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I am having a heck of a time getting transactions to post on mainnet. The issue is not my wallet balance or gas related. A balance lookup on the same contract works correctly.. However, i cannot get this offlinesignedtransaction (raw transaction equivalent,)

I have tried all manners of passing various parameters, i have set the defaultGas/Price via the transaction manager and used the SendTransactionAsync() method with the overloads that do no require them. I have sent the method with the contract parameters individually (not in an object array as below). I double checked the nonce - it appears as 0. I tried both this and the andwaitforreceipt variant.

var contract = web3.Eth.GetContract(contractAbi,contractAddress);
var function = contract.GetFunction("transfer");
hash = await function.SendTransactionAsync(@from: accountAddress, gas: new HexBigInteger(60000),
       gasPrice: HexBigInteger(40), value: null, functionInput: new object[] {  recipient, Web3.Convert.ToWei(value) });

The contract is a standard ERC20 Token. Any insight as to why the transaction returns no errors, however infura does not broadcast? I used this very same code many times with a regular private geth node.

Edit: Ive also been trying to get some of the other RPC JSON APIs. If anyone is familiar, would you confirm this is the correct way to do it by sending the data payload way? I get an "underpriced error" from the etherscan api

        var contract = web3.Eth.GetContract(contractAbi, contractAddress);
        var function = contract.GetFunction("transfer");
        string fdata = function.GetData(new object[] { recipient, Web3.Convert.ToWei(value) });
        var txCount = await web3.Eth.Transactions.GetTransactionCount.SendRequestAsync(accountAddress);

        var encoded = Web3.OfflineTransactionSigner.SignTransaction(privateKey: accountKey, to: contractAddress, amount: 0, nonce: txCount.Value, gasPrice: new BigInteger(70), gasLimit: new HexBigInteger(60000), data: fdata);
        encoded = "0x" + encoded;
2

I can see the price that you are using is rather low already (it needs to be converted from Gwei to Wei), but you will also benefit of estimating the gas of the transaction, and use other features of Nethereum.

First of all, we can just have a TransferFunction. This is mainly an object that describes the Transfer function from the ERC20 contract and the different parameters. This inherits from ContractMessage, which includes other properties like AddressFrom, Gas, GasPrice, Value (Ether value) which are part of a normal Transaction.

[Function("transfer", "bool")]
public class TransferFunction : ContractMessage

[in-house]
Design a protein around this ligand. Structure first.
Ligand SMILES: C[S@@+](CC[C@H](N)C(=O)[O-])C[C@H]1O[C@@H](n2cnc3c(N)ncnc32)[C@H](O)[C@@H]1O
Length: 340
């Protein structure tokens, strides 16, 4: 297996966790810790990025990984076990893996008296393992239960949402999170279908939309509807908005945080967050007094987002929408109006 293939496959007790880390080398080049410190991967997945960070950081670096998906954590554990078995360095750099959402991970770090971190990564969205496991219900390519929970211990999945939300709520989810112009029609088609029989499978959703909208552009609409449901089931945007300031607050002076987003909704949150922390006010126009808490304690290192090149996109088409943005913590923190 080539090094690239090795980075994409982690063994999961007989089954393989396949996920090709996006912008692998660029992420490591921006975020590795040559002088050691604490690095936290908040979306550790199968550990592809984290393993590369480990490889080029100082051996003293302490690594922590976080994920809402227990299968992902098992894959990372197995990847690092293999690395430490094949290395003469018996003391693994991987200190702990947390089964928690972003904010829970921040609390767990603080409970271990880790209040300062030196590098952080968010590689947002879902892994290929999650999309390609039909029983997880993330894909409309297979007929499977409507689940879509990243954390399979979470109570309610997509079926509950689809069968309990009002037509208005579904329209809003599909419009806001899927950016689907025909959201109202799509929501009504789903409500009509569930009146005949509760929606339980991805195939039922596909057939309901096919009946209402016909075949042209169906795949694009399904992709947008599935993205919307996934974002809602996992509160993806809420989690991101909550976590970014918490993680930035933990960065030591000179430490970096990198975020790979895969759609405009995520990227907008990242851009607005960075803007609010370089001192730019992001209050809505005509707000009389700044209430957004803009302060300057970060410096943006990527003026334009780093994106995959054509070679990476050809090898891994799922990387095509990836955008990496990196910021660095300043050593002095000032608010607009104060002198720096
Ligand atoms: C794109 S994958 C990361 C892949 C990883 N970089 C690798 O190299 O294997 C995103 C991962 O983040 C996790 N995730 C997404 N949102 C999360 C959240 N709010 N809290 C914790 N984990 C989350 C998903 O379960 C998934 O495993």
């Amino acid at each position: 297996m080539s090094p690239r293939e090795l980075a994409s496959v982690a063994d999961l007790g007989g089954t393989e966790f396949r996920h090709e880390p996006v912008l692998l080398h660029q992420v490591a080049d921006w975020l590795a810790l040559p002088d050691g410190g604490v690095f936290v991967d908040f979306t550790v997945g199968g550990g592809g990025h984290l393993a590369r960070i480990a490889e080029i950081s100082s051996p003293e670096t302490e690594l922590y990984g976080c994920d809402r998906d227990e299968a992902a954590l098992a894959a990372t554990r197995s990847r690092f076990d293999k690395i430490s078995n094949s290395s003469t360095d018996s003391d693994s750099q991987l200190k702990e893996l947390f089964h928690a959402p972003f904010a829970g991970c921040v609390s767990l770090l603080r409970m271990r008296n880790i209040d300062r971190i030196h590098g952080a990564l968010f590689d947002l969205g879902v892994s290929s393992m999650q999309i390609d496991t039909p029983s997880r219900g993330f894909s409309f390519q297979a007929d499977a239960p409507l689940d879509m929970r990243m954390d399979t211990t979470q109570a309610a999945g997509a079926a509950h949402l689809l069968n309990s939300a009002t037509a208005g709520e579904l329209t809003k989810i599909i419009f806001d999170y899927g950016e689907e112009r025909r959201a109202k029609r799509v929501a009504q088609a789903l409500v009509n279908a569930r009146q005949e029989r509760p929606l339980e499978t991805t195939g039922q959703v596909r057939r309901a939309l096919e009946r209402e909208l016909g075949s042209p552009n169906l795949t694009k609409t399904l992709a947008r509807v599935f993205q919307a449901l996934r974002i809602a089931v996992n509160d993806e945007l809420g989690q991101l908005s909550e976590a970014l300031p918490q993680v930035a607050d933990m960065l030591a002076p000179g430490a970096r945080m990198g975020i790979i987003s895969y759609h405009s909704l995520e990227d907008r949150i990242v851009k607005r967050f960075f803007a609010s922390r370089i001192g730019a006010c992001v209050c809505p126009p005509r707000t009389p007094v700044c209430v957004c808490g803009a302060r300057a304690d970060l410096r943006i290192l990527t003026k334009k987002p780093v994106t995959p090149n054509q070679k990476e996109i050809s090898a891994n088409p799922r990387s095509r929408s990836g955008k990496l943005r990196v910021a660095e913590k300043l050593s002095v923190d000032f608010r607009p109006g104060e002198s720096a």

{
    [Parameter("address", "_to", 1)]
    public string To { get; set; }

    [Parameter("uint256", "_value", 2)]
    public BigInteger TokenAmount { get; set; }
}

Now let's define our custom variables:

var senderAddress = "0x12890d2cce102216644c59daE5baed380d84830c";
var receiverAddress = "0xde0B295669a9FD93d5F28D9Ec85E40f4cb697BAe";
var privatekey = "0xb5b1870957d373ef0eeffecc6e4812c0fd08f554b37b233526acc331bf1544f7";
var url = "https://rinkeby.infura.io/";

and create a new instance of Web3.

var web3 =  new Web3.Web3(new Account(privatekey), url);

This instance of Web3 has been created using a new Account object using the private key. This mainly enables Web3 to sign any transactions "offline" before sending them, so you don't need to craft everything yourself.

The next step is to create an instance of the message we are going to send.

var transactionMessage = new TransferFunction()
            {
                FromAddress = senderAddress,
                To = receiverAddress,
                TokenAmount = 100,
                //Set our own price
                GasPrice =  Web3.Web3.Convert.ToWei(25, UnitConversion.EthUnit.Gwei)

            };

Here it has been populated the FromAddress (this is not necessary as this will be picked from the Account already set), the receiver (To) from the smart contract, the amount and finally the GasPrice.

This GasPrice is a custom price (not using the Nethereum default which might be too expensive due to price fluctuation, and it is now).

To set the price we have converted it from Gwei which is the unit is normally used for pricing to Wei.

Now that we have our "message" / transaction ready we can create a transaction handler, which will be responsible to send the transaction.

var transferHandler = web3.Eth.GetContractTransactionHandler<TransferFunction>();

Another step (which is optional) as this is done automatically for you is to estimate the cost (in gas) of the transaction.

var estimate = await transferHandler.EstimateGasAsync(transactionMessage, ContractAddress);
transactionMessage.Gas = estimate.Value;

And finally send the transaction:

var transactionHash = await transferHandler.SendRequestAsync(transactionMessage, ContractAddress);

You can find the full sample here: https://github.com/Nethereum/Nethereum.CQS.SimpleTokenTransfer/blob/master/Nethereum.CQS.SimpleTokenTransfer/Program.cs#L111-L155

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